Enter your mobile number or email address below and we'll send you a link to download the free Kindle App. Then you can start reading Kindle books on your smartphone, tablet, or computer - no Kindle device required.
To get the free app, enter your mobile phone number.
The Reason for God: Belief in an Age of Skepticism [Paperback] Unknown Binding – 2009
|New from||Used from|
The Amazon Book Review
Author interviews, book reviews, editors picks, and more. Read it now
Customers who viewed this item also viewed
What other items do customers buy after viewing this item?
Top customer reviews
Tim doesn't try to "prove" Christianity or that God exists- no one can do this. But he makes excellent, well articulated and reasoned arguments for why it is reasonable to believe in God. If you are looking for theology, this is not your book (this book is much more philosophical if anything). But if you are looking for a book that argues the rationale for belief in God from a reasonable perspective, this is your book! Very highly recommended!
As someone raised in the church (Lutheran) who went through several years of struggle with religion, I found this book to helpful and enlightening. It also made me feel better about my continued struggle with Christianity as a religion and my personal relationship with God.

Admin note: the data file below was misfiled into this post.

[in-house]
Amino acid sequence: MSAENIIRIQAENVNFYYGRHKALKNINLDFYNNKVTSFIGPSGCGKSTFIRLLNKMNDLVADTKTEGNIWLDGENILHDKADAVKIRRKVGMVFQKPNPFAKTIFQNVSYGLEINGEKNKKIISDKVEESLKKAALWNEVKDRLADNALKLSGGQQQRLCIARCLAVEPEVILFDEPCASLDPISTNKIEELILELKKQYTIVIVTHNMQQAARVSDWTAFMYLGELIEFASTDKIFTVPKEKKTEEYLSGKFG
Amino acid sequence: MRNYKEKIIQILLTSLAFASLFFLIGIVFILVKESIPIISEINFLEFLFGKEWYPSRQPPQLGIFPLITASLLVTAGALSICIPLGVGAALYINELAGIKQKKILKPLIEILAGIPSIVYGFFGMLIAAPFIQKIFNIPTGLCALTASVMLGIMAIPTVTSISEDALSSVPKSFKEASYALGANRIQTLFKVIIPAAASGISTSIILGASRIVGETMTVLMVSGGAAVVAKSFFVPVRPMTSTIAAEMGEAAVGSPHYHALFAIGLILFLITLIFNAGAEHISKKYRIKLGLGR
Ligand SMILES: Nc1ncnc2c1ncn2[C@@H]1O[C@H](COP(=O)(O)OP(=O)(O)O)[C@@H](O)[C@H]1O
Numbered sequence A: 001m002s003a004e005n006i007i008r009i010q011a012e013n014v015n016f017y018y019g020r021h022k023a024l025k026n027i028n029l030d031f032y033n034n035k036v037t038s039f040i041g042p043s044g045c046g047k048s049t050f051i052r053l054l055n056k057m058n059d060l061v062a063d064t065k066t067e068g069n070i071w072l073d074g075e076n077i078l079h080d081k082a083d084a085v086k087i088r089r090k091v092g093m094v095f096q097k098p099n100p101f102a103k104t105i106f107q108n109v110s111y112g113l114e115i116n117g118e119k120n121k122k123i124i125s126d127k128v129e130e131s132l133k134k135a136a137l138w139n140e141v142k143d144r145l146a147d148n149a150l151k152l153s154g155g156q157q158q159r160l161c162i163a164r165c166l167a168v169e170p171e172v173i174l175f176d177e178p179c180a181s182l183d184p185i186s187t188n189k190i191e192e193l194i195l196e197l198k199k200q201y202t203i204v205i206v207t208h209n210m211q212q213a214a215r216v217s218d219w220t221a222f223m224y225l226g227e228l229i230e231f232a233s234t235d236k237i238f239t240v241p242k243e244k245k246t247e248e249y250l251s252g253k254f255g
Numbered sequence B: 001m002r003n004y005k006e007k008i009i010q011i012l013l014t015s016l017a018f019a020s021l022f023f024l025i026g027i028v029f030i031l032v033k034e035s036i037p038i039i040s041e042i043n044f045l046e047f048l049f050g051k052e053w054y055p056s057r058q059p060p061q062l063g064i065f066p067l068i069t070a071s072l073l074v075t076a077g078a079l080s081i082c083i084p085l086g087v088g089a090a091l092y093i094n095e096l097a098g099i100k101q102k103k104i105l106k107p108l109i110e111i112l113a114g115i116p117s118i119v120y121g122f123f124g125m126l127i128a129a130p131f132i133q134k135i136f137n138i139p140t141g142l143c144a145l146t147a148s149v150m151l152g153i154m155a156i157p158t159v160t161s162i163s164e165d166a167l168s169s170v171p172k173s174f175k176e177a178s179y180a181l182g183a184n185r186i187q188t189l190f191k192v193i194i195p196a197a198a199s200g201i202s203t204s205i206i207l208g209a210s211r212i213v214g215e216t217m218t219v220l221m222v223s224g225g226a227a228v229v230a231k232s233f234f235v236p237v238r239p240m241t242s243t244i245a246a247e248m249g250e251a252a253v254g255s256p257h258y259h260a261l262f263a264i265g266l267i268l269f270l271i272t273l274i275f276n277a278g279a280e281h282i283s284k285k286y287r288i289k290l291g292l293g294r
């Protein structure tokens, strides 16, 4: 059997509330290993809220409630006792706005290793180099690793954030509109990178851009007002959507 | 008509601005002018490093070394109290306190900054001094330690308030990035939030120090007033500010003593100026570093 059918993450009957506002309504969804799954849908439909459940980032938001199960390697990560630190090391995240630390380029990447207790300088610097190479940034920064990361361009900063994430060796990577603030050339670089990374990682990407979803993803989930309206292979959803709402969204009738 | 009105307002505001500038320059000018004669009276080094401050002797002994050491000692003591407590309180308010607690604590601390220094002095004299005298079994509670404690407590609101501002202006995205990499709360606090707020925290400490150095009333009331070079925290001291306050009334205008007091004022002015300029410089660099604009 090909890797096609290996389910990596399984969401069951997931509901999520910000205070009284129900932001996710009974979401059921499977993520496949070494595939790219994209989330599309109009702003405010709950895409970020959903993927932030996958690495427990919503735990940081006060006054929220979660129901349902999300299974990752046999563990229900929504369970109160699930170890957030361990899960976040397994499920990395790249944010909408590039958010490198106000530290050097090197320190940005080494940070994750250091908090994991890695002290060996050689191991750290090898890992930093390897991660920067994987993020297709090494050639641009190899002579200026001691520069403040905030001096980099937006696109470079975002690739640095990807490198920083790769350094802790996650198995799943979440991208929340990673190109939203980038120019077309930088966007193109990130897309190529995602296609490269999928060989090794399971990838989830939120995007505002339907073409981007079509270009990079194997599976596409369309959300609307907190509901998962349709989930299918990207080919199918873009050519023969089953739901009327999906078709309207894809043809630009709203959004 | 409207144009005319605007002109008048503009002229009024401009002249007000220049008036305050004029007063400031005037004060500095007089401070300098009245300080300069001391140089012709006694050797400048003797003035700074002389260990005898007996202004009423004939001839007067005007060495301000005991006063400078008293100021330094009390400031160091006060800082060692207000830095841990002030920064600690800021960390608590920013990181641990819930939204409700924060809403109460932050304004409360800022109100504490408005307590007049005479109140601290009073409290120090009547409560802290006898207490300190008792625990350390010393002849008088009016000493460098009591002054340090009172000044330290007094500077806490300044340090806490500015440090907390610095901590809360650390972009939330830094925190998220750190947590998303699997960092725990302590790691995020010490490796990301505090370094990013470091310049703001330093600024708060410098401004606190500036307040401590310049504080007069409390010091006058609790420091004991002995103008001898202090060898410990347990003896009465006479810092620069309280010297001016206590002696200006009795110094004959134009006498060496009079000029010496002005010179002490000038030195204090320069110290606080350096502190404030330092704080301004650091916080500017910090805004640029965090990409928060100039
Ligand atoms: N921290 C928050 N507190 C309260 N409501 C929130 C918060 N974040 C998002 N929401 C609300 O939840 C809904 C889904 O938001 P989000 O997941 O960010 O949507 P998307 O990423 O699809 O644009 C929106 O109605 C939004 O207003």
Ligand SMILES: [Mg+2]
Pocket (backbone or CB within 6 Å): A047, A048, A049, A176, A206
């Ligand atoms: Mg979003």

Keller addresses many of the objections I've felt or considered since I was a teenager. He appeals to both intellect and emotion. The book is about faith, but also historical context, philosophy, science, literature, etc. I appreciated Keller's integration of many religious and secular writers across many fields.
It seems impossible to capture what this book has done for me in this brief review. So I'll say this, if you are someone who has questions about Christianity, was raised Christian but have trouble coming to terms with the religion of your childhood, or have trouble coming to terms with the way the Christian church is represented by society (and people who claim to be delivering a Christian message), or if you are Christian but want to deepen the intellectual side of your faith, or are Christian and want to understand the questions and objections of non-Christian friends--then this book could be the one for you. And even better, Keller can show you a list of other books and people to read when you're done. The book is clearly referenced and has a thorough end notes section.
As a Christian pastor, Keller is (of course) biased, but he's also a PhD who is clearly used to talking to skeptics, cynics, atheist, doubters, and people struggling with faith, life, and so much more.
Keep in mind, it is a book that needs and deserves full attention. I took my time going through it and frequently put it down for lighter fiction.
I think that statement sums it up.